Miami’s (and possibly best) games Texas A&M line plays losing

Top of Mario Cristobal’s list of talking points since taking over as Miami Hurricanes coach late last year, the focus has been on Miami improving in the trenches.

In a very frustrating 17-9 loss to the Texas A&M Aggies on Saturday, the Cristobal Hurricanes at least took a step forward to prove they are improving in this all-important category.

“It shows progress,” the coach said.

Even though Texas A&M has a somewhat significant talent advantage on both lines, Miami (2-1) won the battle on both sides of the ball.

On offense, the Hurricanes limited the No. 24 Aggies to just five quarterback pressures and no sacks, Cristobal said, and ran for 4.9 yards per carry. On defense, they hit Max Johnson 12 times and sacked him three times, Cristobal said, and held Texas A&M to just 3.9 yards per carry.

This is despite the Aggies’ roster featuring 13 former top-notch defensive linemen — including five former five-star prospects — and seven former four-star offensive linemen, according to 247Sports composite rankings.

“We think they’re a really good offensive line. They form a very good defensive line,” Cristobal said. “We wanted to set the run and protect the quarterback.

No. 25 Miami, conversely, has just six former top-notch defensive linemen — with only one former five-star prospect — and five former four-star offensive linemen.

Cristobal’s recruiting prowess has yet to pay off, but the play of talented defensive tackle Leonard Taylor has given a glimpse of what a fuller defensive line could look like for the Hurricanes.

At the end of Texas A&M’s first practice last week, Taylor pulled away the Aggies’ left guard to hit Johnson and force the talented quarterback to throw an incomplete pass.

Even though Taylor only played 17 snaps, his natural talent showed through and Pro Football Focus ranked him Miami’s fourth-best player in the one-score loss.

As for why Taylor has only played the eighth most snaps among defensive linemen, Kevin Steele said the second is still trying to fully grasp this new defensive system.

“It’s a bit different schematically,” said the defensive coordinator. “They were more of a penetrating and attacking front, where we are more playing blocks and so when you’re young it’s a process. … He makes a lot of big plays, but he’ll be the first to tell you: because he has an incredible ability, sometimes Leonard makes some of these plays and, I would say this if he was here, it’s like, no, no, yes, yes.

MIA_20220902AD0338MiamiHURRICANESvsBETHUNECOOKMAN.JPG
Miami Hurricanes defensive linemen Leonard Taylor (56) and Chantz Williams (13) react after knocking out Bethune Cookman Wildcats quarterback Jalon Jones (4) in the first quarter at Hard Rock Stadium in Miami Gardens on Saturday, September 3, 2022. Al Diaz [email protected]

More Miami defensive bright spots

Miami linebackers progress: The two highest-ranked players for the Hurricanes were Corey Flagg Jr. and Caleb Johnson, but don’t expect to see the two linebackers playing any major snaps together anytime soon.

“The problem is that they play the same position,” Steele said. “When you build a house, you have plumbers and painters and drywallers and you don’t want your drywaller doing plumbing.”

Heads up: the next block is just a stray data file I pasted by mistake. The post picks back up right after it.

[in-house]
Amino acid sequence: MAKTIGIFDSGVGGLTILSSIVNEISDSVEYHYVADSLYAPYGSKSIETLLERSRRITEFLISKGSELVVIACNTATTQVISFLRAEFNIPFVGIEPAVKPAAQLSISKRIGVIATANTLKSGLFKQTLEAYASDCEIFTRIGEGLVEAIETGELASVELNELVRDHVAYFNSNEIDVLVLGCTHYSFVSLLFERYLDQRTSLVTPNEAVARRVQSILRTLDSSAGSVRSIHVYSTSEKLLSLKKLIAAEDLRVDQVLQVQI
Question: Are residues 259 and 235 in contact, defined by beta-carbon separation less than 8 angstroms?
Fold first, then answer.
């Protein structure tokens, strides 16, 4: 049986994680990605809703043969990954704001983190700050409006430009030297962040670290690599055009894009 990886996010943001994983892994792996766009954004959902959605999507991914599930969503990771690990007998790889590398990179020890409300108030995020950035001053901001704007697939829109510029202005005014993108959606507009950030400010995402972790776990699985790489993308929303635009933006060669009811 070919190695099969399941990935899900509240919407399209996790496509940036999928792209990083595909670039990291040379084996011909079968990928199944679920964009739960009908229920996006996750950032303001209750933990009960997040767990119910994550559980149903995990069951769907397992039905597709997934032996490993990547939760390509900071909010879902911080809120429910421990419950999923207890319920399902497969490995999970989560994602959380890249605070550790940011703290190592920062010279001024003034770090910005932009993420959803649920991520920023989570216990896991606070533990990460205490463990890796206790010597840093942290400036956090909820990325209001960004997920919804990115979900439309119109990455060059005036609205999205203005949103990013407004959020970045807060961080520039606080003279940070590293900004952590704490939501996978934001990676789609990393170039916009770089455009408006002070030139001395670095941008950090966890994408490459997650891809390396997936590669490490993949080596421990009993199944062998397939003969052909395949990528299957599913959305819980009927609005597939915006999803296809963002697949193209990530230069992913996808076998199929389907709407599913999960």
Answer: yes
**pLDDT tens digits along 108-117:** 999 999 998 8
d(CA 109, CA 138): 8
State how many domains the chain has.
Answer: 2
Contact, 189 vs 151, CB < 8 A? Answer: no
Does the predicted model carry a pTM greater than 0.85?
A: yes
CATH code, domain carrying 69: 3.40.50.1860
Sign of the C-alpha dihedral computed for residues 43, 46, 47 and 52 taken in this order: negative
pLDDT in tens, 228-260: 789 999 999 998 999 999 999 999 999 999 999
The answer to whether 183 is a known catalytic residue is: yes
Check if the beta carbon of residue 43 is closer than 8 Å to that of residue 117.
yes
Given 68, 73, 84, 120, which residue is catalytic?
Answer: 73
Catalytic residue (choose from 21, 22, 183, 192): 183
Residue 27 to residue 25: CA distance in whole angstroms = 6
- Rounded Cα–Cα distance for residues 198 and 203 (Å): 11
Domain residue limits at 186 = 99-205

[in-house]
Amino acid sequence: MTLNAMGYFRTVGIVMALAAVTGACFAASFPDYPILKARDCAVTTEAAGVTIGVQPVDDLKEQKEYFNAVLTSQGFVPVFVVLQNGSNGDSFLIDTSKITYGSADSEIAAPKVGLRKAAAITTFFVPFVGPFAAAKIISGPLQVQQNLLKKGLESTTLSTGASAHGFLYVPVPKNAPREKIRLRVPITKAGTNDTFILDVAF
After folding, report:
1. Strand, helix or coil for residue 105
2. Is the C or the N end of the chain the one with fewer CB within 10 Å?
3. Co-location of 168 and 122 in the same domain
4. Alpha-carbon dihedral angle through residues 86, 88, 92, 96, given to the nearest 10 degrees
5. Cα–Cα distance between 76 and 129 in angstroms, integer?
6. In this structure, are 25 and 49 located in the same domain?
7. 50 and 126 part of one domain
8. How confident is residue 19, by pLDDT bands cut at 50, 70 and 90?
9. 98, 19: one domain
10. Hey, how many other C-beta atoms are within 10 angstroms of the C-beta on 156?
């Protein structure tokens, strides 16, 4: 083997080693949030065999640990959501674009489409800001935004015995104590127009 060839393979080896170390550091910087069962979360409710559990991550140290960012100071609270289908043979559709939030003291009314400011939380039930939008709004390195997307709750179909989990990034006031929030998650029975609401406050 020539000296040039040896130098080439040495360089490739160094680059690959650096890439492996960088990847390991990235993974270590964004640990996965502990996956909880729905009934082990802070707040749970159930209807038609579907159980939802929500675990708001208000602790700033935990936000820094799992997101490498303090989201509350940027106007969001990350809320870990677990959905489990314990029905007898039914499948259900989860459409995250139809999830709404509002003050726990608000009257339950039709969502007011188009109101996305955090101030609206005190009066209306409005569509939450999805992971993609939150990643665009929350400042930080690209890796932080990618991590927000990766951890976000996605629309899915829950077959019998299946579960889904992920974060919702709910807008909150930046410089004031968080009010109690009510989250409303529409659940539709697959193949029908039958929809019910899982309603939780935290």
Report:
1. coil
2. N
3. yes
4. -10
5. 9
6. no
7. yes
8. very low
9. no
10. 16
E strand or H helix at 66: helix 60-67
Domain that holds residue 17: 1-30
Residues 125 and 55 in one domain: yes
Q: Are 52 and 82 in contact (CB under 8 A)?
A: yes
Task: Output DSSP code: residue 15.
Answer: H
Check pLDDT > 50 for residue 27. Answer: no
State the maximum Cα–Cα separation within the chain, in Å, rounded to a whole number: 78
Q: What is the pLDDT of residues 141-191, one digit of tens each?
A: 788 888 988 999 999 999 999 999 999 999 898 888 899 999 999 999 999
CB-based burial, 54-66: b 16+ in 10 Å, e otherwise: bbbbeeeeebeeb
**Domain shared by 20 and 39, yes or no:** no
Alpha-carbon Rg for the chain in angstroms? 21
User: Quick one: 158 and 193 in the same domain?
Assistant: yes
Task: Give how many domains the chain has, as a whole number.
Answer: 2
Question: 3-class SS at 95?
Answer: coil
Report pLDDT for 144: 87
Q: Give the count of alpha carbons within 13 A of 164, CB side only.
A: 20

If Keontra Smith can build on her weekend performance, however, the linebacker conundrum will become a little less pressing. The junior finished with three tackles and a half sack, and played more snaps than compatriot Waynmon Steed Jr.

“He is growing, in terms of position. It’s a little different from what they were asked to do last year. This particular position has moving parts. You’re the fitter in a lot of formations and your spread changes, so he grew into that. He’s starting to understand that. I think what came out in that game the other night was his speed,” Steele said. “He’s a former safety, not a linebacker, and that showed.”

Linebacker Wesley Bissainthe played four snaps, mostly in the fourth quarter, and was on the field in the final four minutes when Texas A&M tried to run out of time. It was another good sign in the development of the freshman, who had a tackle.

“He is very talented. He’s going well,” Steele said. “He’s really adopted it, he’s growing up. He can have a bright future if he continues to do what he is doing.

DJ Ivey plays the best game: Coaches praised Ivey throughout the offseason, and the cornerback finally delivered the kind of breakout performance they were hoping for in College Station, Texas. Johnson threw three times at Ivey and the elder didn’t allow a single catch, even breaking two of those passes.

“The biggest jump last week was probably high school,” Cristobal said. “We played a lot tighter in coverage and the guys did a really good job of playing man and for the most part managing to play man coverage.”

Ivey has been contributing to Miami since his freshman season — he was a four-star cornerback for Homestead South Dade — and his 6-foot-1, 195-pound frame has always been enticing. Too often, however, he was beaten to the core, mostly due to mental failings.

Ivey’s improvement, Steele said, is the product of best practice.

“He plays more game speed in the week now because he understands he’s going to have to play in the game, so rather than just training he’s learned to really train on his own” , Steele said. “While a play is going on in practice, he plays it like a play. He plays his technique, his speed like a play, so if you’re up against a scout team receiver, who obviously isn’t maybe not being as fast as the guy or fast as the guy you’re going to face on Saturday, he’s not going out there and playing at that level. He is training at a high level and it shows on Saturday.

Maryland native David Wilson is the Miami Herald’s duty man for sports coverage.